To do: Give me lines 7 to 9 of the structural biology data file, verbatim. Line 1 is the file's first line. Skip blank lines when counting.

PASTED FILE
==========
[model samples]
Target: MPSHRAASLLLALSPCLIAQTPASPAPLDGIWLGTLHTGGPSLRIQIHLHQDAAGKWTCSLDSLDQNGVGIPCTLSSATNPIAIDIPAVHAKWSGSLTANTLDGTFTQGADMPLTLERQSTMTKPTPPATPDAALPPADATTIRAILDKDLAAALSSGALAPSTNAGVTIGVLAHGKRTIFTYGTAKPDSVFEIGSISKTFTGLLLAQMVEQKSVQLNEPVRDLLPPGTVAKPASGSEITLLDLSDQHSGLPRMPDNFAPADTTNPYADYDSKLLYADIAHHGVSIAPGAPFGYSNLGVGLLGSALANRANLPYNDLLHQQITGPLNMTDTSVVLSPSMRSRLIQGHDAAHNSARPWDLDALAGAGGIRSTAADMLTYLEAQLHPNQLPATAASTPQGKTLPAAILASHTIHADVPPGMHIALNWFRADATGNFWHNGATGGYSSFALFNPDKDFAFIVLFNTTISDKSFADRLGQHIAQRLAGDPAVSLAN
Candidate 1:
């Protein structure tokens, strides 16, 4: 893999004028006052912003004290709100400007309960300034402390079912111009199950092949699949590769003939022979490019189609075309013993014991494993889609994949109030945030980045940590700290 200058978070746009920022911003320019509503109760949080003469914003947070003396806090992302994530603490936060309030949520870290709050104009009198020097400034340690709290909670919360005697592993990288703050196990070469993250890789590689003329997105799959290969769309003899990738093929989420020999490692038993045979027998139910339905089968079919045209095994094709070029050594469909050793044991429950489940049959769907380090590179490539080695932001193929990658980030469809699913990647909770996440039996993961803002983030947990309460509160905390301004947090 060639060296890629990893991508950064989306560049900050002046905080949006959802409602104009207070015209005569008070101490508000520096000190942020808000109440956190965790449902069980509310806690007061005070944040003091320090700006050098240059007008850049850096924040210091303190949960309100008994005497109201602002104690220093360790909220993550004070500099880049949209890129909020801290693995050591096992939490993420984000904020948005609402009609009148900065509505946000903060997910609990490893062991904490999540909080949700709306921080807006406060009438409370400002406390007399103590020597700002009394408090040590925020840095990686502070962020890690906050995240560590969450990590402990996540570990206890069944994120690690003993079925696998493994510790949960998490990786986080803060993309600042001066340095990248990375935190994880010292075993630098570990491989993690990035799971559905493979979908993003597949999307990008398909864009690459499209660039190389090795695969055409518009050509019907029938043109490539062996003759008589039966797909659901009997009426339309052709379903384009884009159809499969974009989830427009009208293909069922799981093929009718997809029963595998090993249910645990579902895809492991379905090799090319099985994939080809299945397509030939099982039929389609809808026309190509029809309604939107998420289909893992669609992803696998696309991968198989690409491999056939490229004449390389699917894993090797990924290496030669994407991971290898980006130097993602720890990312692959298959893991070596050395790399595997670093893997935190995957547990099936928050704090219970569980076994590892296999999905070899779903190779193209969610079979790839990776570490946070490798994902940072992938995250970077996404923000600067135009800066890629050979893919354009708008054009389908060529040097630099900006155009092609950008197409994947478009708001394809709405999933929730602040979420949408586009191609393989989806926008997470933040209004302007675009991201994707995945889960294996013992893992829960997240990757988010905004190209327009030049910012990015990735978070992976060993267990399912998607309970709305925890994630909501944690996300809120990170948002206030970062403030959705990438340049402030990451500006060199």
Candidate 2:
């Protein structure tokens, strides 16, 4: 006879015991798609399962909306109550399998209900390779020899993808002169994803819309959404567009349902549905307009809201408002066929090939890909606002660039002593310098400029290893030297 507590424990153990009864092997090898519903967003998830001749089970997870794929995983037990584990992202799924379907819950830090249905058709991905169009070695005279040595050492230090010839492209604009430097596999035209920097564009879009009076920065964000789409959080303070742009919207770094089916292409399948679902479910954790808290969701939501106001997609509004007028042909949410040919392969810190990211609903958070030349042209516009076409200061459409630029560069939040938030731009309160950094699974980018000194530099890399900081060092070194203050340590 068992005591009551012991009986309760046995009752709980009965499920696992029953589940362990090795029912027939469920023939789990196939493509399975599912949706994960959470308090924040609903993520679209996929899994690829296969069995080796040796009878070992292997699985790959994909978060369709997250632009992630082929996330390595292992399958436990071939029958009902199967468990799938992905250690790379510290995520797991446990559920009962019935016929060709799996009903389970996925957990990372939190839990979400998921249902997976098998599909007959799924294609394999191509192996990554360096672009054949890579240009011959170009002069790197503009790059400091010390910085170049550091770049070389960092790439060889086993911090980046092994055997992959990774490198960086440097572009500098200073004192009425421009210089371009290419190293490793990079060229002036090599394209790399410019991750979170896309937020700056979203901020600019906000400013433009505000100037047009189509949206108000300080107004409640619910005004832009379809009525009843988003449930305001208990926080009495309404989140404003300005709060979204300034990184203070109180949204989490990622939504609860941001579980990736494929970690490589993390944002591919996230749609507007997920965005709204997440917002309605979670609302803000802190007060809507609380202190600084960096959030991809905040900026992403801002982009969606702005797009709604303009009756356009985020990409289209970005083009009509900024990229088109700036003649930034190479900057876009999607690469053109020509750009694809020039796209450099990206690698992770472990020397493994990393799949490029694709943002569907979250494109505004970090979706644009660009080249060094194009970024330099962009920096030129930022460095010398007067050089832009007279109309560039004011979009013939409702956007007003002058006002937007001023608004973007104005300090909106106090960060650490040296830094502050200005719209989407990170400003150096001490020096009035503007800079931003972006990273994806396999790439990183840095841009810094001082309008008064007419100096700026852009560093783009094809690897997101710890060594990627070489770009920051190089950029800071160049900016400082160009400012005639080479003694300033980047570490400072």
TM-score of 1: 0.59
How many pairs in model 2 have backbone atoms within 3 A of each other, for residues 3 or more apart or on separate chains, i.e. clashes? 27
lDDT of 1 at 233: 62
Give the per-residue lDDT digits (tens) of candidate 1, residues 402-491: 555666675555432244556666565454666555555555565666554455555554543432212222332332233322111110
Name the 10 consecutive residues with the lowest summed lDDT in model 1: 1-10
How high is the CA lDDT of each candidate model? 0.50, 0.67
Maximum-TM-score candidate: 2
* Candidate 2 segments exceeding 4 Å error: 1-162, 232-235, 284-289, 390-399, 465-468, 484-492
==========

TM-score of 1: 0.59
How many pairs in model 2 have backbone atoms within 3 A of each other, for residues 3 or more apart or on separate chains, i.e. clashes? 27
lDDT of 1 at 233: 62